The Human Rights Committee
• Body of 18 independent experts established to monitor compliance with the
International Covenant on Civil and Political Rights (CCPR)
• Widely accepted promotional mechanism, but involves only information
exchange and the weakest monitoring
• Reviews periodic reports on compliance submitted by parties
• The committee does not formerly judge or evaluate state practices, reports are
discussed in public sessions where the state representatives are questioned in an
environment that is relatively free of posturing; neither excessively deferential nor
merely pro forma (a matter of form).
• Many reports from countries are revealing and thorough but others are farces and
some are not even submitted. Only parties signed to the Covenant must report
• Committee considers individual petitions under the Optional Protocol (CCPR).
Through November 13 , 2001, 1026 communications (complaints) had been
registered concerning 69 countries. Half of these were found to be inadmissible or
discontinued, 377 communications had reached substantive determinations, and
another 206 were still in the system.
• Half other the violations examined have been in two countries; Jamaica and
Uruguay relatively strong procedures apply where they are not most needed;
this is to be expected since participation is voluntary.
The High Commissioner for HR
• Currently, Navanethem Pillay of South Africa (since September 2008)
• Created in 1993, this person has the global reach of the Commission. Deals
directly with governments to seek improved respect for internationally recognized
• Explicit mandate to deal with all governments on all issues
• High Commissioner holds the office with her personal capacity, not as a
representative of the state
3. Political Foundations of the Global Regime
• Regimes are political creations set up to overcome perceived problems arising
from inadequately regulated or insufficient coordinated national action
“Regimes arise when sufficient international “demand” is met by a state or group of
states willing and able to “supply” international norms and decision-making
procedures…” -Robert Keohane (1982, Donnelly pg 135)
• WWII revulsion at the array of HR abuses committed by Nazi Germany lead to
a brief period of enthusiastic international action. Moral and emotional demands
1 ran both wide and deep, and prior to the emergence of the Cold War,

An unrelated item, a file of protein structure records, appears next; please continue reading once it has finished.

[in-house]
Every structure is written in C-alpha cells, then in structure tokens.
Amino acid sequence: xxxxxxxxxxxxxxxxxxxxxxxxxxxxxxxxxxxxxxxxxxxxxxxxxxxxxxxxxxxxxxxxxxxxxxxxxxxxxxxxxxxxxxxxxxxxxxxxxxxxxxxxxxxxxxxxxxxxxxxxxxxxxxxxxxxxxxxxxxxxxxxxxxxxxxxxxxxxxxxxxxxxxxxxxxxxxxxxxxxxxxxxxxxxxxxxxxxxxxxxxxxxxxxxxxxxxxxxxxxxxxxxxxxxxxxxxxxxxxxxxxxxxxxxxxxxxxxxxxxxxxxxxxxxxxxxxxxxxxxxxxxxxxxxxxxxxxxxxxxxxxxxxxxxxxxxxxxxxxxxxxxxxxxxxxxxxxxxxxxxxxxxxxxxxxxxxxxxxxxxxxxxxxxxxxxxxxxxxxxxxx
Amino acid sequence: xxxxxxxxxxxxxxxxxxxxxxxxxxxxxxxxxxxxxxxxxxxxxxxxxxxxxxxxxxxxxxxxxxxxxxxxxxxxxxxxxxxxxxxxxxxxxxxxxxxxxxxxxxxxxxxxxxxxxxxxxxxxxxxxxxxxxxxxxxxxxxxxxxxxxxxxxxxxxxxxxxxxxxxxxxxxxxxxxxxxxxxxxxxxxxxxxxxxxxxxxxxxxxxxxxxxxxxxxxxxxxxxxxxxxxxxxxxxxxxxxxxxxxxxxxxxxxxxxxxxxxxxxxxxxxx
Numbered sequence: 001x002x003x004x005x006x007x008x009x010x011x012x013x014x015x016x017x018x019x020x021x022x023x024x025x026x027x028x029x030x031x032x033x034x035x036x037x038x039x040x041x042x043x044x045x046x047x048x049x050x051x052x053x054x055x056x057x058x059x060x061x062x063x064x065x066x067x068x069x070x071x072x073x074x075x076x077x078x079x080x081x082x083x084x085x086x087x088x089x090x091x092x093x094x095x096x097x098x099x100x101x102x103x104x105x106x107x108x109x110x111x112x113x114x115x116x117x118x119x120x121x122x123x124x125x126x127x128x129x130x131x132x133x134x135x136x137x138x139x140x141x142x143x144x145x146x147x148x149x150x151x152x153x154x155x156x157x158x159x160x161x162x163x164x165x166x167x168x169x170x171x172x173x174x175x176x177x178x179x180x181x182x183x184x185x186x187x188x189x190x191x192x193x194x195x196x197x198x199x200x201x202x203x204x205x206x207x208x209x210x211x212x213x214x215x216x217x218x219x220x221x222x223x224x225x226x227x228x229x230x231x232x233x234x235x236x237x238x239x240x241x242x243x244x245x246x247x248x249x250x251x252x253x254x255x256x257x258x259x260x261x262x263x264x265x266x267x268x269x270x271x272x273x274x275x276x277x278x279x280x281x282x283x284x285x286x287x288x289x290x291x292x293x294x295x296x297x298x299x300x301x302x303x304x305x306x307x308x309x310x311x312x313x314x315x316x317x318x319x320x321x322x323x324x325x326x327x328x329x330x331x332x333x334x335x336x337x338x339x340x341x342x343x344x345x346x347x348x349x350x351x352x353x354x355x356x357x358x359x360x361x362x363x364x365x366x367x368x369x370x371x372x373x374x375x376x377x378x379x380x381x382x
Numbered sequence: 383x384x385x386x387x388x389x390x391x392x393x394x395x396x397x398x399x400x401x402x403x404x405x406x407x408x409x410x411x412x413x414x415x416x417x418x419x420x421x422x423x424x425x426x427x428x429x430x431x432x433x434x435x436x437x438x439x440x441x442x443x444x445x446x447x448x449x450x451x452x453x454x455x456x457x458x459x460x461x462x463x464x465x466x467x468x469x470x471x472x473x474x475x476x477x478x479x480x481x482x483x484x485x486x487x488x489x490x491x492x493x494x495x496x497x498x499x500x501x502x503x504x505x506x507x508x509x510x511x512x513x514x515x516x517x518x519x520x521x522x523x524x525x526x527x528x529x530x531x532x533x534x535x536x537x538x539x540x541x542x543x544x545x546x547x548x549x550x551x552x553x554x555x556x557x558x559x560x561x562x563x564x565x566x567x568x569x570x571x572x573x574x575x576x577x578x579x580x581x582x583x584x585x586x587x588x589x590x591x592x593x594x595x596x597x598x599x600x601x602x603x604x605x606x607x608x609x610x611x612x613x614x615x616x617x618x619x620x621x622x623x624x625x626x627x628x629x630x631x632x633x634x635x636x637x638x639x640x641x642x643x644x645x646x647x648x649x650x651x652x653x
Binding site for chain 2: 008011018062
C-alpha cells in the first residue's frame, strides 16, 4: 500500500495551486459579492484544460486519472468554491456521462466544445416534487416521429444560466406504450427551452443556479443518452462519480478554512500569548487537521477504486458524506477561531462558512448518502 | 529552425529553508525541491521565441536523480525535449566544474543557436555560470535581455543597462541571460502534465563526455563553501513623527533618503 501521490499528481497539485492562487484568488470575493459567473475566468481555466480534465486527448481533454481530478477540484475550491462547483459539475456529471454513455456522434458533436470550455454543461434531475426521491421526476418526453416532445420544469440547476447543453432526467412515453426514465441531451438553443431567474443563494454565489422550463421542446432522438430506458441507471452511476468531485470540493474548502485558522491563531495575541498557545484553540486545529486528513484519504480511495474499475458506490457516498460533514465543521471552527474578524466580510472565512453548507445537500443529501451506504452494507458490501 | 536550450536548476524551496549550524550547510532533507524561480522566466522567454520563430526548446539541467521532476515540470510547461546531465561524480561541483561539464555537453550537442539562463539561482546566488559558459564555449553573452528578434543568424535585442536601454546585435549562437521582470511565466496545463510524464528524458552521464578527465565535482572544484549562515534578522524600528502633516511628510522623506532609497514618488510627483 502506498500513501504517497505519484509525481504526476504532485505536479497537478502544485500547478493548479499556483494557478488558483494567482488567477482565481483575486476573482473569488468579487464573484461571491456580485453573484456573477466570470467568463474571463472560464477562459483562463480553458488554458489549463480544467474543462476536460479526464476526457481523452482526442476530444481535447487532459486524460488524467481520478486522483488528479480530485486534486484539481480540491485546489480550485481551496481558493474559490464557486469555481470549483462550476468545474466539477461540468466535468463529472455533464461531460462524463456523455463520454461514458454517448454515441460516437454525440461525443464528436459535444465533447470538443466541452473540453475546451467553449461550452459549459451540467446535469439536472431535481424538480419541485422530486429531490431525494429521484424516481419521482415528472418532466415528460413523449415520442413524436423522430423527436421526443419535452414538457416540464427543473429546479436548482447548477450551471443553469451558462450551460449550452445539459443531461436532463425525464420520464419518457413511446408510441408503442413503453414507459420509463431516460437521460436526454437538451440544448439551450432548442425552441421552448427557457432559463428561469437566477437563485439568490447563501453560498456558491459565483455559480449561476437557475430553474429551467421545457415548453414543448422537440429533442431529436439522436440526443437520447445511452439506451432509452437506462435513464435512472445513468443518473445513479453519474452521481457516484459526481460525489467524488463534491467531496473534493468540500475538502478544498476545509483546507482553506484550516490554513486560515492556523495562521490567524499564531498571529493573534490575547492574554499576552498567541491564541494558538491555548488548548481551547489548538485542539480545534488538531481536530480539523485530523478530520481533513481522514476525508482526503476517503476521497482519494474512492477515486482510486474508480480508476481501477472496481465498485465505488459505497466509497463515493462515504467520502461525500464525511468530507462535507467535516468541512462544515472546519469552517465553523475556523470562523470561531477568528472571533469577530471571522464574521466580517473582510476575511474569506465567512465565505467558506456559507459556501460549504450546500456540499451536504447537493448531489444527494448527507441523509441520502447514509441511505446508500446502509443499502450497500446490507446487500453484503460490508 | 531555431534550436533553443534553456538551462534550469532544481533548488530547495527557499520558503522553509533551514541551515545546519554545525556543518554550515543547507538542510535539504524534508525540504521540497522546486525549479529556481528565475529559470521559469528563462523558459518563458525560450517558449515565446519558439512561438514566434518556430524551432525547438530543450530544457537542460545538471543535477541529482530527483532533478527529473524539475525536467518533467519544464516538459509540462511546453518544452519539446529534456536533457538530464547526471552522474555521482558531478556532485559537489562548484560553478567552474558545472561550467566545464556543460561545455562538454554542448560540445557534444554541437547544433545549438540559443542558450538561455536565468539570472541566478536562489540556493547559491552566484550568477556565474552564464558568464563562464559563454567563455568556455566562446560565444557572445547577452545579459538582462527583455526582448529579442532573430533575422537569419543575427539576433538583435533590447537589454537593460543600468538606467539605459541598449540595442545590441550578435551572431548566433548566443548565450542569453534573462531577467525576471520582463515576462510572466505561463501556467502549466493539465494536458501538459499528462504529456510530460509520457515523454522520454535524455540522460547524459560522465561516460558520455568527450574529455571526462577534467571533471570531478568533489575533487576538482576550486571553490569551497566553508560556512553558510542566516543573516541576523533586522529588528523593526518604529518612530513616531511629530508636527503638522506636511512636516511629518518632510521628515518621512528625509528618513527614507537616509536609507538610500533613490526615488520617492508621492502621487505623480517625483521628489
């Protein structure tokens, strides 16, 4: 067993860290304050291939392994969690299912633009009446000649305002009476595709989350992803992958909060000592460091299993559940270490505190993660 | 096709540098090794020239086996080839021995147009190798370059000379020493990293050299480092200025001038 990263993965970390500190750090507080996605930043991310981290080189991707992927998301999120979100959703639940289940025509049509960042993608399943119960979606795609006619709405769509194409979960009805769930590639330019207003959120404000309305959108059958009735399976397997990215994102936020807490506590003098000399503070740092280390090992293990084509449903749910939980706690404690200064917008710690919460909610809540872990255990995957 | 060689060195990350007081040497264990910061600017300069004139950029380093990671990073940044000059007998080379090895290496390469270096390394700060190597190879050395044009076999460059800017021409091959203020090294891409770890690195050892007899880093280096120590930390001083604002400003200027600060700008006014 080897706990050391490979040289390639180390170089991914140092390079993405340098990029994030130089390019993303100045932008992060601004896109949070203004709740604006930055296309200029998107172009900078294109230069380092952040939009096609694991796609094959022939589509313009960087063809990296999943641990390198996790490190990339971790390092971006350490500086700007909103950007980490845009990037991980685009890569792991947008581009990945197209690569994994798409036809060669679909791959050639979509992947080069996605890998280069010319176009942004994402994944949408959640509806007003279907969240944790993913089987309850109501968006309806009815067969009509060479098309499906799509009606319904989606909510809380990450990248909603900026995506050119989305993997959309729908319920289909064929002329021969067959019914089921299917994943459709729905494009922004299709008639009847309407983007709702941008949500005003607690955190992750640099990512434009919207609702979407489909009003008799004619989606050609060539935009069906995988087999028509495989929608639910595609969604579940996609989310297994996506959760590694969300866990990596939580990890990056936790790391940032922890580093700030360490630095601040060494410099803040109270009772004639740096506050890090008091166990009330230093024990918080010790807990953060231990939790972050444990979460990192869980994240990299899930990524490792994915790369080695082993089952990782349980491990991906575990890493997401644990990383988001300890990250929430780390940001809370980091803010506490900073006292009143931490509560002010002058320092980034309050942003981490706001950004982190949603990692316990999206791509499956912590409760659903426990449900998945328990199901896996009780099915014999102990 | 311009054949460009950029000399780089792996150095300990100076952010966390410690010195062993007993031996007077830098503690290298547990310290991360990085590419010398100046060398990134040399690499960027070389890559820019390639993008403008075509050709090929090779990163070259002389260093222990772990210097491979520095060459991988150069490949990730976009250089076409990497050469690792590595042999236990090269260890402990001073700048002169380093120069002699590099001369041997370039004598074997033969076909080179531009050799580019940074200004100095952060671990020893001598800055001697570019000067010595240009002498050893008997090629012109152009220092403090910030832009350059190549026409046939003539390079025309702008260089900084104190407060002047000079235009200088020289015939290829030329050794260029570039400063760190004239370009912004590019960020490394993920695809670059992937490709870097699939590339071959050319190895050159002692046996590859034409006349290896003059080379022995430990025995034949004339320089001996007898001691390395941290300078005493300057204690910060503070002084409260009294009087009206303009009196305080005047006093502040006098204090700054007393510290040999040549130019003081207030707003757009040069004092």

countervailing concerns and interests were largely subordinated.
• Cynics argue UDHR, in post war context, reflected a low cost declaratory regime
and it would still be 30 years before minimal promotion and monitoring
procedures of the Covenants came into effect. Despite this, prior to WWII, even a
declaratory regime was rarely contemplated
• Moving beyond a declaratory regime has proven difficult. A strong global HR
regime simply does not reflect the perceived interests of a state or coalition
willing and able to supply it.
• States typically participate in international regimes only to achieve national
objectives in an environment of perceived international interdependency
• HR are just as real but less tangible than material interests of states. National
policy tends to be made in response to relatively tangible national objectives.
• Sensitive nature of HR practices is seen to threatening to many states. Iraq, North
Korea, Congo, with compliance to int. HR standards would mean the removal of
those in power.
• HR is fundamentally a national, not international issue.
Why have HR Regimes?
• Persistent relevance of moral concerns brought about by gross violations (Pol Pot,
• A weak global HR regime may contribute to improved national practices in
establishing standards and may act as a check for national efforts
• States and citizens are often unwilling to translate moral interdependence into
action, let alone into an international regime with strong decision-making powers,
but they are also unwilling to return to treating national human rights practices as
beyond international scrutiny and evaluation.
• An international regime reflects states’ collective vision of a problem and its
solutions and their willingness to “fund” those solutions. The result is a HR
regime with extensive, comprehensive, and widely accepted norms but extremely
limited decision making powers a strong promotional regime vs a strong
4. Regional HR Regimes
• Council of Europe- Personal, legal, civil, and political rights are guaranteed by the
(European) Convention for the Protection of Human rights and Fundamental
Freedoms (1950) and economic and social rights are in the European Social
• Decision-making procedures of the European regime are of special interests
because of the authoritative powers of the European Court of HR
• Two-tier system. The European Commission of HR is an independent body of
2 experts (one from each state) that reviews “applications (complaints” from
individuals, groups of individuals, NGO’s, and states alleging violations of the
rights guaranteed by the Convention. Non-legally binding decisions but they are
usually accepted by the state. If decision is not accepted by state it may be
referred to the Court for binding enforcement action.
• Decisions have had considerable impact on the laws and practices of a number of
states (detention practices altered in Belgium, Germany, Italy; treatment of aliens
in the Netherlands and Switzerland; Press freedoms in Britain;…)
• Decisions have strong impact partially due to the principle of “evolutionary
interpretation”, where the courts interpret the European Convention under current
regional practices and not the context of when it was drafted raises the bar and
puts pressure on states that lag behind European norms.
• The Council of Europe system also includes a European Committee for Equality
Between Women and Men, a Human Rights Documentation Centre, a Steering
Committee for Human Rights, and more.